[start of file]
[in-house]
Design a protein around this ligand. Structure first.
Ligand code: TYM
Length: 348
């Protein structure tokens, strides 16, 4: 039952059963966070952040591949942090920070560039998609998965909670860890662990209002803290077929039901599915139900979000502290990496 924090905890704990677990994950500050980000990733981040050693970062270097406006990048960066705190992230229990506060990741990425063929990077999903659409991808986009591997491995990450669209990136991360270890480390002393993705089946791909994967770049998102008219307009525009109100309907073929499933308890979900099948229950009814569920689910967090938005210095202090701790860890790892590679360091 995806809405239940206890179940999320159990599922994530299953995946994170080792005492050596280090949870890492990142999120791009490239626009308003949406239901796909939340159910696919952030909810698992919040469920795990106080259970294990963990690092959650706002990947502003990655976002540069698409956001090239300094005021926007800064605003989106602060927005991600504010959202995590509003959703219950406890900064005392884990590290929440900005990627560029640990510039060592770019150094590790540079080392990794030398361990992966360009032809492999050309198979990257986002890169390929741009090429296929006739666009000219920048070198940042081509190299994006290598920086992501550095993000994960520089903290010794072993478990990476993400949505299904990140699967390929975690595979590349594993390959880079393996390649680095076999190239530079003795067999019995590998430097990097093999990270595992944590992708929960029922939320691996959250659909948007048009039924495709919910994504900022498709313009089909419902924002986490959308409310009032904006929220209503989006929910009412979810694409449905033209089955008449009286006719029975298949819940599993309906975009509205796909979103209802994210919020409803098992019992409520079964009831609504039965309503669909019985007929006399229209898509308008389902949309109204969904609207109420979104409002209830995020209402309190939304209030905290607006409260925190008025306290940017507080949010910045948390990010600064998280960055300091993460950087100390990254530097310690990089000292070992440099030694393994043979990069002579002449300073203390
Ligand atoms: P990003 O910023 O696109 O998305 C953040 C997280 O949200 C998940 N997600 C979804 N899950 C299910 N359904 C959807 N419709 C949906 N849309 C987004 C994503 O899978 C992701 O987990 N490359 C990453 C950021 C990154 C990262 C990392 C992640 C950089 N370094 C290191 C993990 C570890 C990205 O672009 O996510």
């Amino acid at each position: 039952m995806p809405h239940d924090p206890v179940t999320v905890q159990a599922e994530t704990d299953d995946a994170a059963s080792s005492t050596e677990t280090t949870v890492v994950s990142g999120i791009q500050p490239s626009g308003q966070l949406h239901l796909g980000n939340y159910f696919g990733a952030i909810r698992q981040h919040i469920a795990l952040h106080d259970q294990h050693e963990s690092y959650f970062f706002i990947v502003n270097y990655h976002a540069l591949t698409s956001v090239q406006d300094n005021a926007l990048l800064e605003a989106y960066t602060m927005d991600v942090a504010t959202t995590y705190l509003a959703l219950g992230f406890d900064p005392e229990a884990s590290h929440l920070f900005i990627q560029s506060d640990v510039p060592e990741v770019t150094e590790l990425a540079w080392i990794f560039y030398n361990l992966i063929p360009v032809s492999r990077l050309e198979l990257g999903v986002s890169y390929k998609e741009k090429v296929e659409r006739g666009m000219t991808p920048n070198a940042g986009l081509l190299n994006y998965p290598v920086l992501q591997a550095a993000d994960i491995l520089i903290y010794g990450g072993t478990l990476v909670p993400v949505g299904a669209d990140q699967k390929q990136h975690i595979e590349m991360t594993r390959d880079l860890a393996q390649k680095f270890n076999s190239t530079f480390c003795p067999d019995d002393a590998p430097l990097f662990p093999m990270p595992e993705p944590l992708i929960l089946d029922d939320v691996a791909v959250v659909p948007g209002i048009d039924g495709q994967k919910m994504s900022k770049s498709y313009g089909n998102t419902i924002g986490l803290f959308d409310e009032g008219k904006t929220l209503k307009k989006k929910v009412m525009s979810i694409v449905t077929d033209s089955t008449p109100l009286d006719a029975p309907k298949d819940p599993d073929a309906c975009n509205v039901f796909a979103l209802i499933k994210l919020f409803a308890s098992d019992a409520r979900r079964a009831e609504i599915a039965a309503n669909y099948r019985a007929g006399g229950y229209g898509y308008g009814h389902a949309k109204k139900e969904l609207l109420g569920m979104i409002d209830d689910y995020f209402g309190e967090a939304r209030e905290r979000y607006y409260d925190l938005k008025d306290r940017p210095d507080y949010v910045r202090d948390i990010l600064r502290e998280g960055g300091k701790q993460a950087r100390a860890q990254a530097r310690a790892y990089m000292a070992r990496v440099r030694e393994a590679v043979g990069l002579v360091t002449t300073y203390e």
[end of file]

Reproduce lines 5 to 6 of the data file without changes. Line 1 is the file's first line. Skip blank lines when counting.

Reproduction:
């Protein structure tokens, strides 16, 4: 039952059963966070952040591949942090920070560039998609998965909670860890662990209002803290077929039901599915139900979000502290990496 924090905890704990677990994950500050980000990733981040050693970062270097406006990048960066705190992230229990506060990741990425063929990077999903659409991808986009591997491995990450669209990136991360270890480390002393993705089946791909994967770049998102008219307009525009109100309907073929499933308890979900099948229950009814569920689910967090938005210095202090701790860890790892590679360091 995806809405239940206890179940999320159990599922994530299953995946994170080792005492050596280090949870890492990142999120791009490239626009308003949406239901796909939340159910696919952030909810698992919040469920795990106080259970294990963990690092959650706002990947502003990655976002540069698409956001090239300094005021926007800064605003989106602060927005991600504010959202995590509003959703219950406890900064005392884990590290929440900005990627560029640990510039060592770019150094590790540079080392990794030398361990992966360009032809492999050309198979990257986002890169390929741009090429296929006739666009000219920048070198940042081509190299994006290598920086992501550095993000994960520089903290010794072993478990990476993400949505299904990140699967390929975690595979590349594993390959880079393996390649680095076999190239530079003795067999019995590998430097990097093999990270595992944590992708929960029922939320691996959250659909948007048009039924495709919910994504900022498709313009089909419902924002986490959308409310009032904006929220209503989006929910009412979810694409449905033209089955008449009286006719029975298949819940599993309906975009509205796909979103209802994210919020409803098992019992409520079964009831609504039965309503669909019985007929006399229209898509308008389902949309109204969904609207109420979104409002209830995020209402309190939304209030905290607006409260925190008025306290940017507080949010910045948390990010600064998280960055300091993460950087100390990254530097310690990089000292070992440099030694393994043979990069002579002449300073203390
Ligand atoms: P990003 O910023 O696109 O998305 C953040 C997280 O949200 C998940 N997600 C979804 N899950 C299910 N359904 C959807 N419709 C949906 N849309 C987004 C994503 O899978 C992701 O987990 N490359 C990453 C950021 C990154 C990262 C990392 C992640 C950089 N370094 C290191 C993990 C570890 C990205 O672009 O996510």